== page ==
Voices of Hope concert is Sunday
By Susan Shinn
For The Salisbury Post
Lori Yang admits she’s probably the least prepared she’s ever been for Voices of Hope, the concert she and her husband host each year to remember children who have died.
But she’s got a good reason. In the past year, she and husband Steve have adopted two sons from China.
“I have two children who do not speak English, and have special needs,” she says.
Luke is 7, and Aaron is 14. They’re both adjusting to life in a big, boisterous family.
Add to that a world championship softball title this summer by daughter Ellen, 12, and her coaching dad, a new school for daughter Ashley, 9, and college application time for the oldest Yangs, John and Alex, 17, seniors at Salisbury High School.
Still, Lori says, she’ll be ready for the 14th annual concert, set for 1-4 p.m. Sunday, Nov. 1, at Spencer’s Library Park. Rain location is the J.F. Hurley Family Y.
A big part of the day is of course, the music, and Lori has a good slate of performers lined up.
“I am ecstatic about that,” she says. “That’s the biggest thing.”
Those set to perform include Gabe and Grace Bemus, Leah Ann Honeycutt, the Iredell Choral Society, Alan Fesperman, Abby Robinette, Alex and Gabbie Becker, Hannah Addair, Gray and Crystal Steadman, Lauren Gaskill, Shelly Galloway, a Salisbury Academy chorus directed by Dr. Rob Roberston, and Emory Haynes, 6.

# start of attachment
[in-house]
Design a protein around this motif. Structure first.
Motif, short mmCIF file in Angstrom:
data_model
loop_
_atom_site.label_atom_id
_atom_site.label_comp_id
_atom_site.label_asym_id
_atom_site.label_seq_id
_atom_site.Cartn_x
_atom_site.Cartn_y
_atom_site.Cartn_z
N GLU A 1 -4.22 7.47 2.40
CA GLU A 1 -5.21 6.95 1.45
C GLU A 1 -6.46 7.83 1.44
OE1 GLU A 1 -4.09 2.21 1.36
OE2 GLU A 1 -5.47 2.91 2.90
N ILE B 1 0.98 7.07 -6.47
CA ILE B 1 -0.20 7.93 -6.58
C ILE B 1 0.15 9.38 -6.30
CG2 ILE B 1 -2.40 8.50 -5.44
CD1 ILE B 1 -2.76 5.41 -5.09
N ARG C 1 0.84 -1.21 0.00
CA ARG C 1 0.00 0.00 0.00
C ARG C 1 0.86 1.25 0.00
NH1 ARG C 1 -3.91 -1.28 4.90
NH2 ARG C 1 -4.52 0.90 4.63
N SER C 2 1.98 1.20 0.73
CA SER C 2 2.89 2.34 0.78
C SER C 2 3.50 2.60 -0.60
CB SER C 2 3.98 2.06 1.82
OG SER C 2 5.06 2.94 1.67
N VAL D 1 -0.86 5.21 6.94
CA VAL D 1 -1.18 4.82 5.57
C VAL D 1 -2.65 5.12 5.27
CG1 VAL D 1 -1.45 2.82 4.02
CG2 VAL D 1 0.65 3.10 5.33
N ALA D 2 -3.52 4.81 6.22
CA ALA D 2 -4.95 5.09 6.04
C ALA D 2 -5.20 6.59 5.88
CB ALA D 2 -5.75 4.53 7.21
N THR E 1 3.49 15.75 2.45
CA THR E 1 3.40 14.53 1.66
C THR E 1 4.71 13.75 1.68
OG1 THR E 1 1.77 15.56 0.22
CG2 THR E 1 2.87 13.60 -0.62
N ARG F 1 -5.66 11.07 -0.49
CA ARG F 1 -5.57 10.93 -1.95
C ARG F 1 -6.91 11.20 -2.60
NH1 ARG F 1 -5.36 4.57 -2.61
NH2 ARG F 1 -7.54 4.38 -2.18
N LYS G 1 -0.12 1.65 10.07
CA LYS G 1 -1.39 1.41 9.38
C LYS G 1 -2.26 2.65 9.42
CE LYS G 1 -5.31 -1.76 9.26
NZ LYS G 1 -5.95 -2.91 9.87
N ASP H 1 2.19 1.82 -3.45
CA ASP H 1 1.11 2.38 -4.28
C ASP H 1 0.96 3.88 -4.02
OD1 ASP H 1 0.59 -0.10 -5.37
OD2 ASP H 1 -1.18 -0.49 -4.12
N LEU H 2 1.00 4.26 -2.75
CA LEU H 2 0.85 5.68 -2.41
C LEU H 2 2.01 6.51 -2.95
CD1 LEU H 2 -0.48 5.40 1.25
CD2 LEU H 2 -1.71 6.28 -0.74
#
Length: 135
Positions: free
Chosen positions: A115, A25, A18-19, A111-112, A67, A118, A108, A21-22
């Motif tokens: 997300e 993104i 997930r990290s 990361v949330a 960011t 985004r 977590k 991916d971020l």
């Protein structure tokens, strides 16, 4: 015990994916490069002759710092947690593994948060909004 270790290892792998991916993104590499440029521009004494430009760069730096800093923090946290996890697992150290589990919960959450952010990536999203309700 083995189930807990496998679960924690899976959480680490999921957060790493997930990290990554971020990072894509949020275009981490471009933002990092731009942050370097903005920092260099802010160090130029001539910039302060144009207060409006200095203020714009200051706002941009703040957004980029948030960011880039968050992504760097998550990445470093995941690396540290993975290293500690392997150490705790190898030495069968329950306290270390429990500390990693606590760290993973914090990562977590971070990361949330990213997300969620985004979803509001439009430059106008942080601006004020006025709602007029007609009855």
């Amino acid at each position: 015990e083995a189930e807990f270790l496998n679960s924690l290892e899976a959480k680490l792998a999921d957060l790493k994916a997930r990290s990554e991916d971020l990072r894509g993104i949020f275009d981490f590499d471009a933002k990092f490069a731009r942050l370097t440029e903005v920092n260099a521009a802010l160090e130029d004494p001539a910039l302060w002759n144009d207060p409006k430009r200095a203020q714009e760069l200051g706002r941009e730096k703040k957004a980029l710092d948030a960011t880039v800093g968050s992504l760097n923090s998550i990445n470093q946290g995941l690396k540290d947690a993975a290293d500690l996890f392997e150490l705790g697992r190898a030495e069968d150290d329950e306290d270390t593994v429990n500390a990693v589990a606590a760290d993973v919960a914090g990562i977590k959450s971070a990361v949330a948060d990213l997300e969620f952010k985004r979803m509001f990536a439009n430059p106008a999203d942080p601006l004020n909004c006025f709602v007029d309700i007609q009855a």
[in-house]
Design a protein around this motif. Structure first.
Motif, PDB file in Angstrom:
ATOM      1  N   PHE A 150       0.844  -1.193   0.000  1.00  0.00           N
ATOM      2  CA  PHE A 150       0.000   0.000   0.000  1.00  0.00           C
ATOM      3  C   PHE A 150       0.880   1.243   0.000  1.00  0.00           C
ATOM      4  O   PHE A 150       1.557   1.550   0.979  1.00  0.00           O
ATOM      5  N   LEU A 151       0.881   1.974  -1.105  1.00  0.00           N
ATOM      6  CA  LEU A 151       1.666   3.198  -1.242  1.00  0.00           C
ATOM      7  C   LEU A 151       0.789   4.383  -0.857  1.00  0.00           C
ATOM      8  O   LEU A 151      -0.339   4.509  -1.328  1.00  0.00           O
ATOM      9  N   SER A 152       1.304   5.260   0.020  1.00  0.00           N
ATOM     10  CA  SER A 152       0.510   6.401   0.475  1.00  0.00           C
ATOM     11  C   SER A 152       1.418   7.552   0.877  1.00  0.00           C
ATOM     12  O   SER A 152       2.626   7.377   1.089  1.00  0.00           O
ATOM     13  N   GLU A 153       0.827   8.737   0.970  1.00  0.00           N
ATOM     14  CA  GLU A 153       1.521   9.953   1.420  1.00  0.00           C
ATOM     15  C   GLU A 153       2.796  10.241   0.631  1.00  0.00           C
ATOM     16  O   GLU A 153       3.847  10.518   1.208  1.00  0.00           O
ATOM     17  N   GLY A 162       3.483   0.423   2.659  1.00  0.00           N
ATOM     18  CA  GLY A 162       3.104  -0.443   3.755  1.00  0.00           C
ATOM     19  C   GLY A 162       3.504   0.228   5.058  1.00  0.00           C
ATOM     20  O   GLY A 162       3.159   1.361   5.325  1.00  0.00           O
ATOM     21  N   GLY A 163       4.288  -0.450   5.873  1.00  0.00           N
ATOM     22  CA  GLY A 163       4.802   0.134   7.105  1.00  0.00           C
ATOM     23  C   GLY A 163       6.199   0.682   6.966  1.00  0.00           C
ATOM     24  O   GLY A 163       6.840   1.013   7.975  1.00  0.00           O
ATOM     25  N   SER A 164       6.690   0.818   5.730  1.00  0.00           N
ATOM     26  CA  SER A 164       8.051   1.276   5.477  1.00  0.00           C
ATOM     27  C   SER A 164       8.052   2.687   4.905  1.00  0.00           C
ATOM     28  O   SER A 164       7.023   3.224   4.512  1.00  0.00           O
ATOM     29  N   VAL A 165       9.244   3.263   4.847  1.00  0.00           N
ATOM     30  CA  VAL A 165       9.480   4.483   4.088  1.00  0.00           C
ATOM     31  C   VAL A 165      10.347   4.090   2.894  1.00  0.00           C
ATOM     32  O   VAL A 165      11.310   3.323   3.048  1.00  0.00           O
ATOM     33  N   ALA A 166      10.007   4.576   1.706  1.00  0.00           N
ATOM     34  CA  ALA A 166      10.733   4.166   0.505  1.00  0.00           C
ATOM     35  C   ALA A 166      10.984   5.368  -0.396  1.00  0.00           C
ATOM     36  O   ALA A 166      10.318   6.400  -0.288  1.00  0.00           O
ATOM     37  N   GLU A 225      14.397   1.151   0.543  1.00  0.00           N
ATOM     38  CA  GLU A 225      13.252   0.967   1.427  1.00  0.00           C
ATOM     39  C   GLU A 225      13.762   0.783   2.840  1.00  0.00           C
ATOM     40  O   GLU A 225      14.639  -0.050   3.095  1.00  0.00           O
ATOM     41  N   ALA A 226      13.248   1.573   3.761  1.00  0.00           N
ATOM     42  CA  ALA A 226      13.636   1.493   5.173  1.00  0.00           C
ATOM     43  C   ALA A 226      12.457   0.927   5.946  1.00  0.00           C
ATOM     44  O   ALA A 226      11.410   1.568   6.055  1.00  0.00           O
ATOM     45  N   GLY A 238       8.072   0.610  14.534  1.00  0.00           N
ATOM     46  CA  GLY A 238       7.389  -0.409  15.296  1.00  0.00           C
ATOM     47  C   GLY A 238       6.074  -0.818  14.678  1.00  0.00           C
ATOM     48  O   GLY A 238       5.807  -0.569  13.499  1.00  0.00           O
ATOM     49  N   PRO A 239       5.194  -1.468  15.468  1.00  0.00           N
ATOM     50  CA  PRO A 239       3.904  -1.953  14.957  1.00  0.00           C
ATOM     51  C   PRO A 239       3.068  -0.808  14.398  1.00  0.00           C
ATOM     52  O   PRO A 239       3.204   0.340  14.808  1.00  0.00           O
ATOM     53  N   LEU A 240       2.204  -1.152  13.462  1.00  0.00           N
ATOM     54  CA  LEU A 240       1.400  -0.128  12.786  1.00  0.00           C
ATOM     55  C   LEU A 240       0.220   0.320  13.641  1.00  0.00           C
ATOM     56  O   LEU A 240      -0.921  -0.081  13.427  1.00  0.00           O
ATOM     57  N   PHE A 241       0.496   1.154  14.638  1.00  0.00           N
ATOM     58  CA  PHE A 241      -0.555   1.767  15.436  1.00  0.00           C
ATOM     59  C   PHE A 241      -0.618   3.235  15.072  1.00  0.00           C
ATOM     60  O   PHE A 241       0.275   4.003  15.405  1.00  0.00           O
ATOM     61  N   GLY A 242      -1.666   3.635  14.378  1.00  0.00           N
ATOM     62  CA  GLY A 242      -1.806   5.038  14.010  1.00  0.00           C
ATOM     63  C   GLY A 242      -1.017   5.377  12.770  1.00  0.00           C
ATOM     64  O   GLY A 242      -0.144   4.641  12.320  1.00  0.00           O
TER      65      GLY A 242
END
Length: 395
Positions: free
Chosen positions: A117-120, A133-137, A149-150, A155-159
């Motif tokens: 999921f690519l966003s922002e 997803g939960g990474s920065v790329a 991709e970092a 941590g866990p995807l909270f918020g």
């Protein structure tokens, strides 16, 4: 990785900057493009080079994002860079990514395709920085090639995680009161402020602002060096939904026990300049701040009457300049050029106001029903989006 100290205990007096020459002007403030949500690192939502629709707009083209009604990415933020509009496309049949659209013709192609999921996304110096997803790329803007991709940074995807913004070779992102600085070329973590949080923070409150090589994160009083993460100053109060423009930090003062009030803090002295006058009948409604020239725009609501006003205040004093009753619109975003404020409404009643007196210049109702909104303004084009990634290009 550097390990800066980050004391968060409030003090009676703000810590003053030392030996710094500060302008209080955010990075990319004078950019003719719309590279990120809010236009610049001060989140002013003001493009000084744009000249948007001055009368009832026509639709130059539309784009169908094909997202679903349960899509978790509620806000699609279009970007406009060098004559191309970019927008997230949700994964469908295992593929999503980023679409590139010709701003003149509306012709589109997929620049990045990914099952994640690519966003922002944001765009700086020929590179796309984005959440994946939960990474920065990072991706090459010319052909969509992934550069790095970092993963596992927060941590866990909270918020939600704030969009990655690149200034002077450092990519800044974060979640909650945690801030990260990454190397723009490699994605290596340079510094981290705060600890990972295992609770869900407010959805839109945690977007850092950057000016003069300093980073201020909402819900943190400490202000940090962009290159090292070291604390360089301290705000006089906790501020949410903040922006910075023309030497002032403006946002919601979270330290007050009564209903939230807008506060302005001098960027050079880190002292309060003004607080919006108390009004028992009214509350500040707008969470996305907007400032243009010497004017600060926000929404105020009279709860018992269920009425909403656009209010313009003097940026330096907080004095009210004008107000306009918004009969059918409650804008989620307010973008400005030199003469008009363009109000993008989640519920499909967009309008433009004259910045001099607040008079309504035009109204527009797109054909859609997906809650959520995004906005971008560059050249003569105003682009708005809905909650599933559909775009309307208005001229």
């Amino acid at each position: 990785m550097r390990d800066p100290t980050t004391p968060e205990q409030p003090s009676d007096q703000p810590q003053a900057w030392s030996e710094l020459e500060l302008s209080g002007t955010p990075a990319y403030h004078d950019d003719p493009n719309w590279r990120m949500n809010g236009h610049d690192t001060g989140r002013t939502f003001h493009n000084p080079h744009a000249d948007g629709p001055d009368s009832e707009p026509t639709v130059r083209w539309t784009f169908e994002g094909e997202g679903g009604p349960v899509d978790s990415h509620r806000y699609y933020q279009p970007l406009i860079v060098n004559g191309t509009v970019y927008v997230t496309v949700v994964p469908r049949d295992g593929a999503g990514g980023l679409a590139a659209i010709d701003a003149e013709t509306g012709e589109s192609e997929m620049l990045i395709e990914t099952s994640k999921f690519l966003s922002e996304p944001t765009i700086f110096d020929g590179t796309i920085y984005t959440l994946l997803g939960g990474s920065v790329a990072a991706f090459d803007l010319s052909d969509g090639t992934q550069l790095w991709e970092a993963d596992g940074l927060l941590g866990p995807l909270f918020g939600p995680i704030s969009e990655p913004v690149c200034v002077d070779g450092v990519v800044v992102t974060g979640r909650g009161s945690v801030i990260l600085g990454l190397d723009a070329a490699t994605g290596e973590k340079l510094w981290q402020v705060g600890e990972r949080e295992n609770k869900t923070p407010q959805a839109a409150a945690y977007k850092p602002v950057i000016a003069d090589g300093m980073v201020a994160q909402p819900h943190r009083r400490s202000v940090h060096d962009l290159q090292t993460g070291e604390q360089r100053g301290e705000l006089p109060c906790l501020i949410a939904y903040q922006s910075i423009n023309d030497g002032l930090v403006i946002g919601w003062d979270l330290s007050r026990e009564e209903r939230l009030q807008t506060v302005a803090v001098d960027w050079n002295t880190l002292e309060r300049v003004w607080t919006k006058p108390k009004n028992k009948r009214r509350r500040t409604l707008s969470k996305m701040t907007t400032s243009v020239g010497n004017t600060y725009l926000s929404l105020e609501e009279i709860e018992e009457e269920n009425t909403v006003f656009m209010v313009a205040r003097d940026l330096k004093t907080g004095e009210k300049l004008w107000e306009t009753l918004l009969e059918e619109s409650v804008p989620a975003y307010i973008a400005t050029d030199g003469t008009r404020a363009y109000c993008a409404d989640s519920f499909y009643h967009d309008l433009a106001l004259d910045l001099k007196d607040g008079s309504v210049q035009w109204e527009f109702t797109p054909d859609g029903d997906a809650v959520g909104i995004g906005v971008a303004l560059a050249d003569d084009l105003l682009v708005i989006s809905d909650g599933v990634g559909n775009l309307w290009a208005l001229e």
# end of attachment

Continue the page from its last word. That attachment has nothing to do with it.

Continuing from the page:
She’s also been doing some fundraising — not as much as usual given her busy schedule — but the Jumbotron screen which shows photographs of children who are now deceased is a big expense. Lori estimates she has a collection of about 50 photographs that grieving families have submitted over the years.
The concert raises money for the Michael Yang Foundation, which the Yangs started after the death of their son in 2001. The foundation supports Circle of Hope, which provides free group and individual counseling for bereaved parents. The group meets at 7 p.m. the second Thursday of every month at Steve’s dental practice, located at 2290 Statesville Blvd. The group also has a fellowship dinner at 7 p.m. every fourth Thursday at Ryan’s, 730 Jake Alexander Blvd. South.
Lori says that the counselor, Julie Gainer, tailors small groups for whatever the needs are. There have been groups for pregnancy and infant loss, loss by suicide, and loss of older children, for example.
Despite her full schedule, Lori finds time for all six of her children.
In her concert notebook, she keeps a note from daughter Ashley: “Thank you for helping me do my stuff even though you have a concert to work on.”
For more information about the Voices of Hope concert or the Circle of Hope support group, visit www.michaelyangfoundation.org.
Freelance writer Susan Shinn lives in Salisbury.
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